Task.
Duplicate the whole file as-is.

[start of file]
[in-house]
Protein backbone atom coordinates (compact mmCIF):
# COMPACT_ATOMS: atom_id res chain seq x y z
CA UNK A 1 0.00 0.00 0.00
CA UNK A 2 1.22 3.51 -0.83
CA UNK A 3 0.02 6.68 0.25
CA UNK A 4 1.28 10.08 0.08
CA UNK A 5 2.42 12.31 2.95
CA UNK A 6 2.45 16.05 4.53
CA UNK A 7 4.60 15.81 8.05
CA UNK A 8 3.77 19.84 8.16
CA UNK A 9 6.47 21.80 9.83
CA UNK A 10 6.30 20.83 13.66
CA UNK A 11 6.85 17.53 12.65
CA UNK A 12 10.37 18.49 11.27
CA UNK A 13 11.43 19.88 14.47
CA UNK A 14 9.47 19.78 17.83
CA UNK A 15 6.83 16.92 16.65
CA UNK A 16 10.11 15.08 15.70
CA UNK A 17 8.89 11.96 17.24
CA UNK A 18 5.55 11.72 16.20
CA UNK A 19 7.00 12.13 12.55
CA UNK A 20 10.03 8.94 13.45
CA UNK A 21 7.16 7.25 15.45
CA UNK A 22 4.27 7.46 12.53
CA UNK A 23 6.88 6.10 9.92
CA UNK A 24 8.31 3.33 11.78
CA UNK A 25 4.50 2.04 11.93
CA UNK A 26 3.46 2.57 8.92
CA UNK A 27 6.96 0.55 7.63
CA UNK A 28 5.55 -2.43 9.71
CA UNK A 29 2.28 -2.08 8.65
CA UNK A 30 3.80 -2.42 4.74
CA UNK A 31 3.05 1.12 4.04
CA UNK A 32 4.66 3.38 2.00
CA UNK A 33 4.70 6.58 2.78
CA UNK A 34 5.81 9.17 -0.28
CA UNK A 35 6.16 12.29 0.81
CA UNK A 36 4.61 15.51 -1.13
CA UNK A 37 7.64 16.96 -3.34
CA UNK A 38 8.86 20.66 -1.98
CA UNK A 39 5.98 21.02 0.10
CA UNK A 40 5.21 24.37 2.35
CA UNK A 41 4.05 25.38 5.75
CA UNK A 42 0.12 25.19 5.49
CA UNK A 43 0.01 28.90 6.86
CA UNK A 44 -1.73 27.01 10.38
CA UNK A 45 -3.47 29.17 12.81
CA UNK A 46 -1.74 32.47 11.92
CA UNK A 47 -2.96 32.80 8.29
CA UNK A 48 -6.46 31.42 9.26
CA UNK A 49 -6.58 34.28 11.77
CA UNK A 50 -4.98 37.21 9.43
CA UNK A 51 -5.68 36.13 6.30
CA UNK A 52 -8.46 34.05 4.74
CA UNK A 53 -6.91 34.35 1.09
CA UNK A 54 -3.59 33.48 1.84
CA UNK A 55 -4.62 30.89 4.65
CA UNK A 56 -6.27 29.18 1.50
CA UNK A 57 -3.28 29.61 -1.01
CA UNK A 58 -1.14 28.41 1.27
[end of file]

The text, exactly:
[in-house]
Protein backbone atom coordinates (compact mmCIF):
# COMPACT_ATOMS: atom_id res chain seq x y z
CA UNK A 1 0.00 0.00 0.00
CA UNK A 2 1.22 3.51 -0.83
CA UNK A 3 0.02 6.68 0.25
CA UNK A 4 1.28 10.08 0.08
CA UNK A 5 2.42 12.31 2.95
CA UNK A 6 2.45 16.05 4.53
CA UNK A 7 4.60 15.81 8.05
CA UNK A 8 3.77 19.84 8.16
CA UNK A 9 6.47 21.80 9.83
CA UNK A 10 6.30 20.83 13.66
CA UNK A 11 6.85 17.53 12.65
CA UNK A 12 10.37 18.49 11.27
CA UNK A 13 11.43 19.88 14.47
CA UNK A 14 9.47 19.78 17.83
CA UNK A 15 6.83 16.92 16.65
CA UNK A 16 10.11 15.08 15.70
CA UNK A 17 8.89 11.96 17.24
CA UNK A 18 5.55 11.72 16.20
CA UNK A 19 7.00 12.13 12.55
CA UNK A 20 10.03 8.94 13.45
CA UNK A 21 7.16 7.25 15.45
CA UNK A 22 4.27 7.46 12.53
CA UNK A 23 6.88 6.10 9.92
CA UNK A 24 8.31 3.33 11.78
CA UNK A 25 4.50 2.04 11.93
CA UNK A 26 3.46 2.57 8.92
CA UNK A 27 6.96 0.55 7.63
CA UNK A 28 5.55 -2.43 9.71
CA UNK A 29 2.28 -2.08 8.65
CA UNK A 30 3.80 -2.42 4.74
CA UNK A 31 3.05 1.12 4.04
CA UNK A 32 4.66 3.38 2.00
CA UNK A 33 4.70 6.58 2.78
CA UNK A 34 5.81 9.17 -0.28
CA UNK A 35 6.16 12.29 0.81
CA UNK A 36 4.61 15.51 -1.13
CA UNK A 37 7.64 16.96 -3.34
CA UNK A 38 8.86 20.66 -1.98
CA UNK A 39 5.98 21.02 0.10
CA UNK A 40 5.21 24.37 2.35
CA UNK A 41 4.05 25.38 5.75
CA UNK A 42 0.12 25.19 5.49
CA UNK A 43 0.01 28.90 6.86
CA UNK A 44 -1.73 27.01 10.38
CA UNK A 45 -3.47 29.17 12.81
CA UNK A 46 -1.74 32.47 11.92
CA UNK A 47 -2.96 32.80 8.29
CA UNK A 48 -6.46 31.42 9.26
CA UNK A 49 -6.58 34.28 11.77
CA UNK A 50 -4.98 37.21 9.43
CA UNK A 51 -5.68 36.13 6.30
CA UNK A 52 -8.46 34.05 4.74
CA UNK A 53 -6.91 34.35 1.09
CA UNK A 54 -3.59 33.48 1.84
CA UNK A 55 -4.62 30.89 4.65
CA UNK A 56 -6.27 29.18 1.50
CA UNK A 57 -3.28 29.61 -1.01
CA UNK A 58 -1.14 28.41 1.27